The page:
Like any good internet meme, the negroni sbagliato emerged from nowhere overnight, rocketing a little-known Italian beverage into the collective consciousness thanks to an off-the-cuff remark.
While it seemed like a fad at the time, the beverage itself actually has deep roots and a richer history than the attention span of the internet would seem to suggest.
Here’s our explainer on how an obscure drink suddenly became the tipple of choice for the permanently online. We’re spilling on how to make a negroni sbagliato, the background to the drink, and how the hell you pronounce this famous-for-15-minute drink.
Negroni Sbagliato Pronunciation
Let’s get you ordering right, first up. If you’re going to fake it till you make it with this classy beverage, at least make sure you can actually say its name properly.
Say it with me, the mash of letters above that looks like I slipped on the keyboard is pronounced ‘Spag-lee-ah-toh, with the stress on the first and third syllable.
Of course, the word being Italian, that’s not exactly how it would be pronounced in its country of origin. If you want to step up the class and aren’t afraid of coming across as better than everyone else (because you totally will), you can give it the ‘Spah-lee-ah-toh’, skipping the hard ‘G’ sound in the first syllable.
Whatever you do, just don’t want to walk up to the bartender and confidently ask for an ‘Es-bag-lee-ay-toh.’
What is a Negroni Sbagliato?
The name negroni sbagliato means ‘broken’ or ‘mistaken’ negroni. It’s your regular negroni, traditionally made with equal parts gin, vermouth, and Campari, but it swaps the gin for sparkling wine – hence the name ‘mistaken’.
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It’s weaker than a traditional negroni and was invented at the trendy Bar Basso in Milan in 1973 as a means of offering women a ‘more platable’ beverage. Although termed a mistake, the drink was absolutely invented on purpose and has now become a staple in Milan.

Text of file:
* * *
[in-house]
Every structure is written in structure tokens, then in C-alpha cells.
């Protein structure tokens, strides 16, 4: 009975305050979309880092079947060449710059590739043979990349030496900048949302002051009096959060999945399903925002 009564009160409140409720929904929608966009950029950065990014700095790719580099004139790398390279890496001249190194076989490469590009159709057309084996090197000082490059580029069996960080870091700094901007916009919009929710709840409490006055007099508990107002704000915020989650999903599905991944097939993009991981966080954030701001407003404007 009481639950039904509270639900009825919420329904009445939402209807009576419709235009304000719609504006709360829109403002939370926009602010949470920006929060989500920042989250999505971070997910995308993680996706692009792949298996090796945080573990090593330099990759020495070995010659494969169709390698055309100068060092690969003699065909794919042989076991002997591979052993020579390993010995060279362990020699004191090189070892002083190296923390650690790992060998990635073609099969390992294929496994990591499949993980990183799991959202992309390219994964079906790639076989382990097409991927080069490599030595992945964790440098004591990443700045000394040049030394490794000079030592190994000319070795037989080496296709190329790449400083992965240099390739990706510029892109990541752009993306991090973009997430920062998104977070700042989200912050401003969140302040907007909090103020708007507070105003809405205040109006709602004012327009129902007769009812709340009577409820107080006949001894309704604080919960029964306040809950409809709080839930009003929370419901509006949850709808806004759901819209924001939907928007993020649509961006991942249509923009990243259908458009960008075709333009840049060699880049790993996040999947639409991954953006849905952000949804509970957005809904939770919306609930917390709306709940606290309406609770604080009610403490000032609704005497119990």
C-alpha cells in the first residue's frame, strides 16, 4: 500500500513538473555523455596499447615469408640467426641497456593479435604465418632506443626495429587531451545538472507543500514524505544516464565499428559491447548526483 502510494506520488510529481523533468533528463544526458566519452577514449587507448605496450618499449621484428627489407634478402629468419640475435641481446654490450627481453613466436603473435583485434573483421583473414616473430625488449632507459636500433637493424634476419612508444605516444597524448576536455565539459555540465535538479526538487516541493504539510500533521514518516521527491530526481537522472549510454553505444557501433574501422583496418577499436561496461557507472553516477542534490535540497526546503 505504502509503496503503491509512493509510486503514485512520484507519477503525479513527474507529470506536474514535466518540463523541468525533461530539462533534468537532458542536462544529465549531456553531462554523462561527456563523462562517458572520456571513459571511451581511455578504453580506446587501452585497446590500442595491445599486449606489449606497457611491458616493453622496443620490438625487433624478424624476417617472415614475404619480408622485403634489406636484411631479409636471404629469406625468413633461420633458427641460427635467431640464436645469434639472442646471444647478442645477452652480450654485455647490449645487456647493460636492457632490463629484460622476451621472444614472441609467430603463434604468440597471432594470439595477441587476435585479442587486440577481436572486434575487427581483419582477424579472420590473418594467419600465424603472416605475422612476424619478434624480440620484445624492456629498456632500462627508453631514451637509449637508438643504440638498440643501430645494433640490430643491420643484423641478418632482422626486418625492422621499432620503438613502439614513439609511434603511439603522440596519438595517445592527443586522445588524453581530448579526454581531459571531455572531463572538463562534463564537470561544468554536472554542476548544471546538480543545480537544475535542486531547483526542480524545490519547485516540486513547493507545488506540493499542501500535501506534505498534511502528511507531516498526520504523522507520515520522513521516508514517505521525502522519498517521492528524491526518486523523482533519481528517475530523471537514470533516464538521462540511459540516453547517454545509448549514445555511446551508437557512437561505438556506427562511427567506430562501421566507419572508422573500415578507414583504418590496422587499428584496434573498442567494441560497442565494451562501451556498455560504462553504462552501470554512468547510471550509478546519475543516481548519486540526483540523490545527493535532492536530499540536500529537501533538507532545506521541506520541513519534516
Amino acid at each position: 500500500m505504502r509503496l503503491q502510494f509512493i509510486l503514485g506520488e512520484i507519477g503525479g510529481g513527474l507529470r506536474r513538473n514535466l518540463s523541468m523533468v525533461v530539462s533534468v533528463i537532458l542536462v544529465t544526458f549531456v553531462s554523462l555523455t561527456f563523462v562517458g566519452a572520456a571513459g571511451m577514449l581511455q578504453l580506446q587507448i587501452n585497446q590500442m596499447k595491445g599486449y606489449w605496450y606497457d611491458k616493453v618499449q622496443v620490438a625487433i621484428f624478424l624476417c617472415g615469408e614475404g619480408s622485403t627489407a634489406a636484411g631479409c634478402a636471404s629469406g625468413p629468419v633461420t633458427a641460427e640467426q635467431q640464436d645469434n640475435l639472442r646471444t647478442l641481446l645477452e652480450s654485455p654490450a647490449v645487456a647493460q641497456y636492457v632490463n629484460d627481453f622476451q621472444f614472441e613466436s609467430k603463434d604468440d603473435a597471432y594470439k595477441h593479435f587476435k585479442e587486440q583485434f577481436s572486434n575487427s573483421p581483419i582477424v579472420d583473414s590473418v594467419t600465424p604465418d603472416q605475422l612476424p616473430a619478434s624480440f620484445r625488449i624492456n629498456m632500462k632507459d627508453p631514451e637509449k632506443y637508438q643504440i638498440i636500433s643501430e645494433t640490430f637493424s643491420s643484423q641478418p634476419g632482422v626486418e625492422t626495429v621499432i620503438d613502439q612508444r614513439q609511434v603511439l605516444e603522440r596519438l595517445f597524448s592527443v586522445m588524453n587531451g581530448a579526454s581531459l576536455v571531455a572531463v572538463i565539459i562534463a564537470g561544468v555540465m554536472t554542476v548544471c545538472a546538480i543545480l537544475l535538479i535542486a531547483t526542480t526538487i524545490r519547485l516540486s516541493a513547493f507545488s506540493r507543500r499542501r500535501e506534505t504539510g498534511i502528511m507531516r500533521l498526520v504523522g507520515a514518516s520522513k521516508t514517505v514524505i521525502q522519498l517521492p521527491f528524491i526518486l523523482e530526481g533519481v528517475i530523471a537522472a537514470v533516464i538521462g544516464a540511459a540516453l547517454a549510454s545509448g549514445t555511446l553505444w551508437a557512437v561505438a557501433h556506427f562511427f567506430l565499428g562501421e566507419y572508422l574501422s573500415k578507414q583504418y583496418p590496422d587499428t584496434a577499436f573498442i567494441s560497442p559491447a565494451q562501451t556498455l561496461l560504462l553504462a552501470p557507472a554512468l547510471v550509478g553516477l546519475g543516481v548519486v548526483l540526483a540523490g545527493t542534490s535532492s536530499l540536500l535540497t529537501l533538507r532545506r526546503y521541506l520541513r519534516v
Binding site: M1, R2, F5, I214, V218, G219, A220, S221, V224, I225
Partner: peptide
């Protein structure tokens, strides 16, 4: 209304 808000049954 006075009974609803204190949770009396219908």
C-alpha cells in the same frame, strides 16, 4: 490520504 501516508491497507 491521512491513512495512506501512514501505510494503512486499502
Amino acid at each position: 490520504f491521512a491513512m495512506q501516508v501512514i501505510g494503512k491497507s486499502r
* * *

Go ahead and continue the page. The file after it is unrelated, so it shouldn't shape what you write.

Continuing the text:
Is Negroni and Sbagliato the Same?
No, absolutely not. Although the two drinks share two of their three ingredients, any serious hospitality worker will tell you that the drinks are not the same at all.
Think of the sbagliato as the younger, lighter sibling of the heavyweight negroni. Where the latter comes in at around 25-30% alcohol, the former taps out at around 15%.
“The sbagliato is a really good alternative if you want a negroni, but you also want to get something done afterwards,” drinks writer Henry Jefferys has said about the cocktail.
The drink doesn’t hit with the same punch as a negroni and comes with a touch of sparkle, unlike the almost syrupy older drink. Typically, the sbagliato is served ‘up’, in a glass with a stem, whereas the negroni is typically served in a heavier, rocks glass.
Who Said Negroni Sbagliato with Prosecco?
It was the video that launched a million orders – Emma D’arcy of House of the Dragon fame was asked by her co-star Olivia Cooke what their drink of choice is back in October of last year for a promo video for the show. Her response?
“A negroni… sbagliato, with prosecco in it”.
@hbomax I’ll take one of each. #houseofthedragon ♬ a negroni sbagliato w prosecco l hbo max – hbomax
It rapidly became one of those infinite mysteries of the internet as it rapidly blew up, rocketing Google search trends for the drink that is not well known outside of Milan. Bartenders around the world brushed up on their skills as hoards of viewers wanted to give D’arcy’s cocktail of choice a go.
D’arcy, who is non-binary, has since said that they were embarrassed about becoming a meme since they were only trying to make Cooke laugh after spending six hours in interviews.
They have since said that they find the whole thing to be “a perfect cocktail of surprising, bemusing, and intensely flattering.”
“All of my body wants to give a flippant answer in terms of a great drink finally getting the recognition that it deserves. Very surreal and very lovely.”
The video has since had 33 million views.
Negroni Sbagliato Recipes
The negroni has remained unchanged as a drink for over a hundred years since it was first, allegedly, created by Count Camillo Negroni in Florence in 1919 or General Pascal Olivier de Negroni in Senegal, depending on which story you choose to believe.
Being comprised of three ingredients – a London Dry gin, Campari, and vermouth, which is usually Antico Rosso – it doesn’t leave much room for experimentation.
When making a negroni sbagliato, your best bet is to follow the traditional negroni recipe, just skipping out on the gin:
Add 45ml of Campari and 45ml of sweet vermouth to a large glass with ice. Stir thoroughly and pour into a tall glass, adding fresh ice. Top with prosecco, or a sparkling wine of your choice, and then garnish with a twist of orange skin.
E voilà, you have one negroni spagliato. Saluti!